Afterlives of Medieval Manuscripts
After the development of the mechanical printing press, manuscripts fell into disuse in the West (although the practice continued into the early modern period in the Middle East, as seen [here]). Printed books continued to imitate manuscripts in layout, script style, and illustration. The earliest printed leaves were made not on paper, which quickly dominated the market, but on parchment, prepared as it would have been for a manuscript codex. Gradually, printers adapted the page to suit the demands of presswork.
These leaves were printed on parchment instead of paper, and their capitals were hand decorated, making them half-manuscript, half-printed book. They were hand-illuminated, although much of the gold leaf has rubbed off. In the early stages of printing with moveable type, printers used many features of manuscript production and then abandoned them as easier methods of printing developed.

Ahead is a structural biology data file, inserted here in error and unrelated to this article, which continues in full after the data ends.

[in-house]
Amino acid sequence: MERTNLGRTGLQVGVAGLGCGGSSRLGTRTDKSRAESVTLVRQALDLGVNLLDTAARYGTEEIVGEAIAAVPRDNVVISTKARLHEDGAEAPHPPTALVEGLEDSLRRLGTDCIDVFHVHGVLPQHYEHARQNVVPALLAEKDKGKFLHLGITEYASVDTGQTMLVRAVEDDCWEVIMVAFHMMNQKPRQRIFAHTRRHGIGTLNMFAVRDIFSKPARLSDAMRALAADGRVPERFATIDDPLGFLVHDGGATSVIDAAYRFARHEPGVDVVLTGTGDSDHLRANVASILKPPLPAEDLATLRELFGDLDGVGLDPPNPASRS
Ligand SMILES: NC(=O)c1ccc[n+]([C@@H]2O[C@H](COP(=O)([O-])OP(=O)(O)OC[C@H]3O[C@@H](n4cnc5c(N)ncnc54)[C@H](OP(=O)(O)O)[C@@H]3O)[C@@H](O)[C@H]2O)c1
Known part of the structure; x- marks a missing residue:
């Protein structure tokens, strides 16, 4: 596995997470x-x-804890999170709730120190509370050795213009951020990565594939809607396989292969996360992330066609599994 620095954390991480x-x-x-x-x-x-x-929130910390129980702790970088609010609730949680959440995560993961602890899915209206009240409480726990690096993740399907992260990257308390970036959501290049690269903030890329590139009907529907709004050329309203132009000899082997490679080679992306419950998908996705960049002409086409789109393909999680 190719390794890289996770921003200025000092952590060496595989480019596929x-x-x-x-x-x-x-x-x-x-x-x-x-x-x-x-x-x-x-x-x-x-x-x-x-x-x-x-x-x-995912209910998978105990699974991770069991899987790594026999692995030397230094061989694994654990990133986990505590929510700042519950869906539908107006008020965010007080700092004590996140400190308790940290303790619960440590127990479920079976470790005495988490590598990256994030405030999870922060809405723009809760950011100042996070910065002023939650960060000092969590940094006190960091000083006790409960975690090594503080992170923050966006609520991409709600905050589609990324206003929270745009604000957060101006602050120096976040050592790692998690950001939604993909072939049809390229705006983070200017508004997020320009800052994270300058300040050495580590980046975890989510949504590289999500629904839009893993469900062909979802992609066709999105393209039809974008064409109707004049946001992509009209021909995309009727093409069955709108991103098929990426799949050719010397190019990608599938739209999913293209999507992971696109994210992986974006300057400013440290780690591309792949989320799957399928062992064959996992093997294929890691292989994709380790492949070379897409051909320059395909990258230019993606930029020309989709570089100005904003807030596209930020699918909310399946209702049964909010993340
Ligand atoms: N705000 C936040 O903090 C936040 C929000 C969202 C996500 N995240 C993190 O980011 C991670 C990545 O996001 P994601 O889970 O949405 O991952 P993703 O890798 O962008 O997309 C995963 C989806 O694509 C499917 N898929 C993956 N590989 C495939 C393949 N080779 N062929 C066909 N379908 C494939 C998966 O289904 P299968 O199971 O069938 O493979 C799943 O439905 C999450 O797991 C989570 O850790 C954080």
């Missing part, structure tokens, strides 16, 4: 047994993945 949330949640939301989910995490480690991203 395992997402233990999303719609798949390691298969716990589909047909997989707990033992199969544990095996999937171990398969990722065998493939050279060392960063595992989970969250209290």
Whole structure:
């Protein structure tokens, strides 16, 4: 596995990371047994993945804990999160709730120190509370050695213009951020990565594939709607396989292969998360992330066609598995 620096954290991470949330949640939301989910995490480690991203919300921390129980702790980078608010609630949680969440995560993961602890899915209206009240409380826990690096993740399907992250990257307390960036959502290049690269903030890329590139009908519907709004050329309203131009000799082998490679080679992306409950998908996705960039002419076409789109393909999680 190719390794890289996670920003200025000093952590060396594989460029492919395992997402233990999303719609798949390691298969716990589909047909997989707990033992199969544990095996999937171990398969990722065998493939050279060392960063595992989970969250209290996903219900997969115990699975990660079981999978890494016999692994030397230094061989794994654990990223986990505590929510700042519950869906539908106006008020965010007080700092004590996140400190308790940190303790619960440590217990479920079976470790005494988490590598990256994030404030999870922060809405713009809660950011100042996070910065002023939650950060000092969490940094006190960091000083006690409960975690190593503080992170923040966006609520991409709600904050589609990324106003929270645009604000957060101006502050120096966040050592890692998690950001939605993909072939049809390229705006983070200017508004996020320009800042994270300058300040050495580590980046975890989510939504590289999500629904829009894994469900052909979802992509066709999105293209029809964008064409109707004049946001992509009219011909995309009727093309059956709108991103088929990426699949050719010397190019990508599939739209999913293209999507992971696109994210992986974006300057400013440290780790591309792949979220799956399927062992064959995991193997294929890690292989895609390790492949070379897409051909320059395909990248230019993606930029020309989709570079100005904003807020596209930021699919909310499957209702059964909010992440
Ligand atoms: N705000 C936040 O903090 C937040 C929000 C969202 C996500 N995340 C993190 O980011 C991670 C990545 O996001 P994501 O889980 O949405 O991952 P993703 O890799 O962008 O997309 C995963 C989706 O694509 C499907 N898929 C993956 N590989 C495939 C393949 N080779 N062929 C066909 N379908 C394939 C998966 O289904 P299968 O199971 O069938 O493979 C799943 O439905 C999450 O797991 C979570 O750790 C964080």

The following three sets of leaves date from only ten to fifteen years after the parchment Books of Hours above, but they demonstrate a significant leap in printing technology. Printed on paper with metal-cut borders, text is printed in both black and red. This would have necessitated two passes through the press, but removes the work of creating all initials by hand.
Other manuscripts, as were seen in the [Service Books] section, were cut up and used as fragments for binding and covering newer printed books. Parchment is a very strong and durable material, and although the texts of these books were no longer valuable, the material they were written on was. The folds and creases are clearly visible on this leaf which has been reconstructed. The creases suggest that it may have been used as a parchment cover for the boards of a different book.